Sunday, July 08, 2018

Freedom Of Speech

I find it fascinating that so many young people - and not-so-young-people - believe that NFL players have an inherent right to kneel during the national anthem because they have the right to protest.  They have freedom of speech under the First Amendment. That is only true on their own time. They have the right to protest on their employer's time only with the employer's permission. Whether the NFL or the team owner is their employer might be argued, and someone would likely try and make the case that it's not the employer's time until after the anthem, but really, it's pretty straightforward. Even if your employer agrees with your sentiment, you still might be told to stop.

For example, if you worked for an environmental nonprofit, you don't have automatic permission to put up LGBT banners visible to the public at the office.  The board might decide that they don't want to water down their primary message.  Wear a pin or a t-shirt, perhaps, but don't use our space.  Because it's ours, not yours. 

I think this counterargument has spread wide, but perhaps I am just positioned to hear it more often. Perhaps the young people really are quite solid on the very American idea of free speech and are just a little muddled about it.  That wouldn't be a terrible thing.

Unless, of course, they are the same people who believe that hate speech, however it is being defined this week, is not protected under the First Amendment.  Then their approval of the right to protest is just approval of the cause, subject to change when the speech goes against their thought. Then we really are screwed.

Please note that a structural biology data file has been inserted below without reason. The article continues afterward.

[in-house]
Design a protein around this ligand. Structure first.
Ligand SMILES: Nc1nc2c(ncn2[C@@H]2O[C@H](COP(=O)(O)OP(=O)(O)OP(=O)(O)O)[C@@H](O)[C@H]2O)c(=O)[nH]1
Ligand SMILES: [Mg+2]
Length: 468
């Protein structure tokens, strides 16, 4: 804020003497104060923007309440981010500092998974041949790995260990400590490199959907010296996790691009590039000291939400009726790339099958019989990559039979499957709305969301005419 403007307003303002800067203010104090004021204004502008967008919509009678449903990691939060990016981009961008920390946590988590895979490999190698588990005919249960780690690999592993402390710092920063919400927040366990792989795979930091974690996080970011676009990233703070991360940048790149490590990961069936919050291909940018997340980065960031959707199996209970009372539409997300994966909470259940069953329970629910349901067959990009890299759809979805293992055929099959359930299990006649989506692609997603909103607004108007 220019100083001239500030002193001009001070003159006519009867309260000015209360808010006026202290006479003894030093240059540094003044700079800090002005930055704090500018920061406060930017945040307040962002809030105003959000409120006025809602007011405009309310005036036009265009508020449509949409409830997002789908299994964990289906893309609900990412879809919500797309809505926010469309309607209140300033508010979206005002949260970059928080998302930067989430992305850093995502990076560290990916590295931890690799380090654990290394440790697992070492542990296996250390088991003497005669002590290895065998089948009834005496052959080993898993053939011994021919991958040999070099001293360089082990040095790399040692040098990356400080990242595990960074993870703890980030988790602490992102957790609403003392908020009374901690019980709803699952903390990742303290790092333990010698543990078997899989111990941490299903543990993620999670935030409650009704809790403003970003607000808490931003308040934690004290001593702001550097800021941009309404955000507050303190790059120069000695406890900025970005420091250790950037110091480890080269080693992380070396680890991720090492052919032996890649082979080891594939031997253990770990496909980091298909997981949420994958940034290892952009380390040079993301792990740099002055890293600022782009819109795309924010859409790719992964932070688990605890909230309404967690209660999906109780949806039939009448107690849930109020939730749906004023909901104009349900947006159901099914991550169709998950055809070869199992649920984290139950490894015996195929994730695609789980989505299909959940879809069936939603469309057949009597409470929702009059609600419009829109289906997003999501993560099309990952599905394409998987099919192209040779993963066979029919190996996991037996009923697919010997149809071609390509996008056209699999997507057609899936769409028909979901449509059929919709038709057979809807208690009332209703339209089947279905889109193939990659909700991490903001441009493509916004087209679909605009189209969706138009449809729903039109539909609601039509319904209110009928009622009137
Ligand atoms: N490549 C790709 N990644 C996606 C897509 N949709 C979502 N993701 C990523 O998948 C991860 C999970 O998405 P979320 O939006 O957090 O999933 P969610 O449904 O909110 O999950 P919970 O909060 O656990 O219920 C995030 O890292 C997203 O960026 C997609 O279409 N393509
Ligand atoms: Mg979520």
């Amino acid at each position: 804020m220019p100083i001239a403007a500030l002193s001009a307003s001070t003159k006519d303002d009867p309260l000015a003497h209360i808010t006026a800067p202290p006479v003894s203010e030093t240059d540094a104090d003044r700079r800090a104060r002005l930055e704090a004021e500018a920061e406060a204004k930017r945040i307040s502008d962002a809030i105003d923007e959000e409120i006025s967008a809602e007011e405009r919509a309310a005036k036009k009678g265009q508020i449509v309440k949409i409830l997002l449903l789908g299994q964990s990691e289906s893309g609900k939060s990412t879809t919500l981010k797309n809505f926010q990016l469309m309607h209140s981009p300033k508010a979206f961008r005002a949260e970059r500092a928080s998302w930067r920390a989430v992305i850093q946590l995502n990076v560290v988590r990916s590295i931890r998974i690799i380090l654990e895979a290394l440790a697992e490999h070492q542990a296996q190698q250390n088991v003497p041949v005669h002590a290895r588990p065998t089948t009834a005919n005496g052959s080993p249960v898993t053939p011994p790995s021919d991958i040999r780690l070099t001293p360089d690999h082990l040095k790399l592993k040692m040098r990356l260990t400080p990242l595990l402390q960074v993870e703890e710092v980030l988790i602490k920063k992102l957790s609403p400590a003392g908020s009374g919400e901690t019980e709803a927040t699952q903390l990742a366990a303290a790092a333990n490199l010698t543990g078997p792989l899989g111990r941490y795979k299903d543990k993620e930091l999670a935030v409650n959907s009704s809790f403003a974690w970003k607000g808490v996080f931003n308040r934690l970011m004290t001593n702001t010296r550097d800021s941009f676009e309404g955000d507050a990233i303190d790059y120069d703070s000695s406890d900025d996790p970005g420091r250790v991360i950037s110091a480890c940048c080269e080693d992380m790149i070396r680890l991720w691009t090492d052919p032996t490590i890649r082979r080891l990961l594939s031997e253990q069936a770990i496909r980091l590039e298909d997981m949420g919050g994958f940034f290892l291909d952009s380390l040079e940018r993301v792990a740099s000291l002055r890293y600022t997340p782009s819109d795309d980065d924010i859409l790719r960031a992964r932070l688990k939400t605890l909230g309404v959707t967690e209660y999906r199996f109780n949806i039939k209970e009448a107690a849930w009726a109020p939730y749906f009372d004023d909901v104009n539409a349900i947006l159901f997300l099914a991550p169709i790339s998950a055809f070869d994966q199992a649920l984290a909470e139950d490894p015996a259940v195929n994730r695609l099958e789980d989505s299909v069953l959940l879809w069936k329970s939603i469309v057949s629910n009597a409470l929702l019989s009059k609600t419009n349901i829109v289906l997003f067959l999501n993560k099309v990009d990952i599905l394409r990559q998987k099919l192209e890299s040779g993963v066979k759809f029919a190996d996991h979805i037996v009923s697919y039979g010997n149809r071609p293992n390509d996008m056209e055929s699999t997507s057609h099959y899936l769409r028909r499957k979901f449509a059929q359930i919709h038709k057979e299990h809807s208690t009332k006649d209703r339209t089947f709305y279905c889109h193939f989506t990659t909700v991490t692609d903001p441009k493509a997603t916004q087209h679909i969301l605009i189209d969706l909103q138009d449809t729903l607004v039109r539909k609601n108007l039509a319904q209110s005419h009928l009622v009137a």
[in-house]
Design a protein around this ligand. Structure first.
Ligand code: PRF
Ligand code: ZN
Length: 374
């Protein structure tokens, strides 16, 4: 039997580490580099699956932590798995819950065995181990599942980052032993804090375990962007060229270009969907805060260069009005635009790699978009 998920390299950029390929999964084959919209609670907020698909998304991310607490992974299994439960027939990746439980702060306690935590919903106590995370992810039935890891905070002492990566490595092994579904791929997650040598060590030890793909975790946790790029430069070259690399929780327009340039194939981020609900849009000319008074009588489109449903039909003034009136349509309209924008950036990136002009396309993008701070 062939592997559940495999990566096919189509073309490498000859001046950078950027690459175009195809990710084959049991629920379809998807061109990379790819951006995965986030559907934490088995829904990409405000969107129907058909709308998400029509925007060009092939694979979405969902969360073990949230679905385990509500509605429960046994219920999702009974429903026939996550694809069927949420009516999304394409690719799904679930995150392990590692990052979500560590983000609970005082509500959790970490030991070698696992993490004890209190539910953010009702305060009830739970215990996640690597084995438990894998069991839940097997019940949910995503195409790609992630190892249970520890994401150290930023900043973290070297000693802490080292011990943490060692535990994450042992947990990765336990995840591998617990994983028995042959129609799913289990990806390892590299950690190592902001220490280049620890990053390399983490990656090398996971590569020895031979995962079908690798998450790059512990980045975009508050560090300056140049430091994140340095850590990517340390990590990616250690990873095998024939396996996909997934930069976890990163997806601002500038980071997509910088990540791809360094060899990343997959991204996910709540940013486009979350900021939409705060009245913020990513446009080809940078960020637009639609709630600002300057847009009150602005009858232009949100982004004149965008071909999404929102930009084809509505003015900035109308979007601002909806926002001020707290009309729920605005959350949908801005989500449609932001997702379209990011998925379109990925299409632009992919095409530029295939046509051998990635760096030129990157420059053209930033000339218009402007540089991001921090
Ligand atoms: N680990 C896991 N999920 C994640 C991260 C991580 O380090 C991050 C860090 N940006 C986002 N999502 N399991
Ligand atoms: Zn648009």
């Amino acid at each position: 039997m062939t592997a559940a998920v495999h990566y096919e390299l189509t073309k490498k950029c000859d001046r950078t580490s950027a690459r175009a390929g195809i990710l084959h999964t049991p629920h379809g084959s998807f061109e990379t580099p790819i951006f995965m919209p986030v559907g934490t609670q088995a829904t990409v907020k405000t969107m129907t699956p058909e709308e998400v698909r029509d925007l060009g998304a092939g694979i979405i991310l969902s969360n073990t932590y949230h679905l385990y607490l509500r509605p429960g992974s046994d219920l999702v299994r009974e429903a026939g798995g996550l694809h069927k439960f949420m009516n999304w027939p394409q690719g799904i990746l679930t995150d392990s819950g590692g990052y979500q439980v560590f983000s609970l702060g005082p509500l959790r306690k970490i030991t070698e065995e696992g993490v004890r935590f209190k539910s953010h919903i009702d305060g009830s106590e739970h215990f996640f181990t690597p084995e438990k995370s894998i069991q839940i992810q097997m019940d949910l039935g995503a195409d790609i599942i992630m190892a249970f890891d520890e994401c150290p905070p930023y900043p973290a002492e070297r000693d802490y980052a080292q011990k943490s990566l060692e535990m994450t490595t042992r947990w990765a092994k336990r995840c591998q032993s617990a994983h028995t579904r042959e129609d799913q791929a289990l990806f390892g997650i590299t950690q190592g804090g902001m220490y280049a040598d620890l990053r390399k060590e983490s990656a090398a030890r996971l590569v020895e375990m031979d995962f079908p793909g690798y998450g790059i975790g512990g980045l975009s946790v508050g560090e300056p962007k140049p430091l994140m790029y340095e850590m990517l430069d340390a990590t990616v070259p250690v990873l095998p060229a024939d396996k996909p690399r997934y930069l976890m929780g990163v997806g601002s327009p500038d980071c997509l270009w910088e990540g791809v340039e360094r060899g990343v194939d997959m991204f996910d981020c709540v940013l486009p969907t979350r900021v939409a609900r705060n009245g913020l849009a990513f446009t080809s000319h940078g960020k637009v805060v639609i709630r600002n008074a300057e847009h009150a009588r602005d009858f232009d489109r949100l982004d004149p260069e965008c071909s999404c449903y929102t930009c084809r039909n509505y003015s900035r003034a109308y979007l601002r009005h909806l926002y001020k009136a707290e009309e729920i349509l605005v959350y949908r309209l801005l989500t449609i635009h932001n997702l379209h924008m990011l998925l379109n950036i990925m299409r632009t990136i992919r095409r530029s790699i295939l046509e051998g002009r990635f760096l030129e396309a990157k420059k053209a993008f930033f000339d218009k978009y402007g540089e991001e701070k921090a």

james said...

What gets under my skin is when the employer decides to make political statements as though this represented the entire company/university. I am free to object and not be renewed, of course (the budget is always tight).

Christopher B said...

I think james brings up a point that adds to the confusion, especially with the NFL. Businesses and other public institutions, except those with specifically political or social interests, formerly avoided incorporating anything into their public relations activities with even a hint of partisanship. Starting with sporting pink for breast cancer awareness the NFL and many other businesses have steadily incorporated more and more controversial social activism into their public images. This is blurring the line around who gets to chose what causes are being advocated.

Sam L. said...

Also, let us not forget that NFL fans are slipping away from going to the games. Voting with their feet, as the saying goes.